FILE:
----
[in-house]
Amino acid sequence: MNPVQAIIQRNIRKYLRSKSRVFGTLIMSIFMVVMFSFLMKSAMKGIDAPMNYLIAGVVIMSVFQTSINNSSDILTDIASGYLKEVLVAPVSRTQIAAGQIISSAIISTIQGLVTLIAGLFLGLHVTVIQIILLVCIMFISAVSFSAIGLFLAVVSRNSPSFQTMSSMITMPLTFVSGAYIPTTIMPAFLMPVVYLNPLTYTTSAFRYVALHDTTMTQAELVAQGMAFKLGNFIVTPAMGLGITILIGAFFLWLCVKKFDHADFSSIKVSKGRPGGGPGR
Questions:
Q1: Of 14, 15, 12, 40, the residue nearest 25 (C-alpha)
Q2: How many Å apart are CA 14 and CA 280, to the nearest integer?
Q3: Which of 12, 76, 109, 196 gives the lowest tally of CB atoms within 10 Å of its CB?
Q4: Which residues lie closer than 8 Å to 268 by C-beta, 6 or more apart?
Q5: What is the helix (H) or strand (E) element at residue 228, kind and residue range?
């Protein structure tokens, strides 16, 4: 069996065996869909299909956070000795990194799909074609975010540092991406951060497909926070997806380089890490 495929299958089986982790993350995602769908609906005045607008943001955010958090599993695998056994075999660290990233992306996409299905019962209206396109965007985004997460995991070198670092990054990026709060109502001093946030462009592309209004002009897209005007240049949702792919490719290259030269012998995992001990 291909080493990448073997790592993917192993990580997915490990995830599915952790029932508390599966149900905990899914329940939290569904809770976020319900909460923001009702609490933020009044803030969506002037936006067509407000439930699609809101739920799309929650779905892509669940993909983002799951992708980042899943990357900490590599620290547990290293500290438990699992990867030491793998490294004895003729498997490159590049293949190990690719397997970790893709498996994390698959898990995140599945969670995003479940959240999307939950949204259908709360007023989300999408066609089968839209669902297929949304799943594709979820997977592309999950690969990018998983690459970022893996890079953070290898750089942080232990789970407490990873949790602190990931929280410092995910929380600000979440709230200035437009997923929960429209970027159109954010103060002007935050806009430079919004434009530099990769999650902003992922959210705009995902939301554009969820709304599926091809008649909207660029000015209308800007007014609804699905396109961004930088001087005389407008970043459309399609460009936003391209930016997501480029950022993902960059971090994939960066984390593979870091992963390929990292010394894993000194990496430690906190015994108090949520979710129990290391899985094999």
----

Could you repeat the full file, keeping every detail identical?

[in-house]
Amino acid sequence: MNPVQAIIQRNIRKYLRSKSRVFGTLIMSIFMVVMFSFLMKSAMKGIDAPMNYLIAGVVIMSVFQTSINNSSDILTDIASGYLKEVLVAPVSRTQIAAGQIISSAIISTIQGLVTLIAGLFLGLHVTVIQIILLVCIMFISAVSFSAIGLFLAVVSRNSPSFQTMSSMITMPLTFVSGAYIPTTIMPAFLMPVVYLNPLTYTTSAFRYVALHDTTMTQAELVAQGMAFKLGNFIVTPAMGLGITILIGAFFLWLCVKKFDHADFSSIKVSKGRPGGGPGR
Questions:
Q1: Of 14, 15, 12, 40, the residue nearest 25 (C-alpha)
Q2: How many Å apart are CA 14 and CA 280, to the nearest integer?
Q3: Which of 12, 76, 109, 196 gives the lowest tally of CB atoms within 10 Å of its CB?
Q4: Which residues lie closer than 8 Å to 268 by C-beta, 6 or more apart?
Q5: What is the helix (H) or strand (E) element at residue 228, kind and residue range?
């Protein structure tokens, strides 16, 4: 069996065996869909299909956070000795990194799909074609975010540092991406951060497909926070997806380089890490 495929299958089986982790993350995602769908609906005045607008943001955010958090599993695998056994075999660290990233992306996409299905019962209206396109965007985004997460995991070198670092990054990026709060109502001093946030462009592309209004002009897209005007240049949702792919490719290259030269012998995992001990 291909080493990448073997790592993917192993990580997915490990995830599915952790029932508390599966149900905990899914329940939290569904809770976020319900909460923001009702609490933020009044803030969506002037936006067509407000439930699609809101739920799309929650779905892509669940993909983002799951992708980042899943990357900490590599620290547990290293500290438990699992990867030491793998490294004895003729498997490159590049293949190990690719397997970790893709498996994390698959898990995140599945969670995003479940959240999307939950949204259908709360007023989300999408066609089968839209669902297929949304799943594709979820997977592309999950690969990018998983690459970022893996890079953070290898750089942080232990789970407490990873949790602190990931929280410092995910929380600000979440709230200035437009997923929960429209970027159109954010103060002007935050806009430079919004434009530099990769999650902003992922959210705009995902939301554009969820709304599926091809008649909207660029000015209308800007007014609804699905396109961004930088001087005389407008970043459309399609460009936003391209930016997501480029950022993902960059971090994939960066984390593979870091992963390929990292010394894993000194990496430690906190015994108090949520979710129990290391899985094999």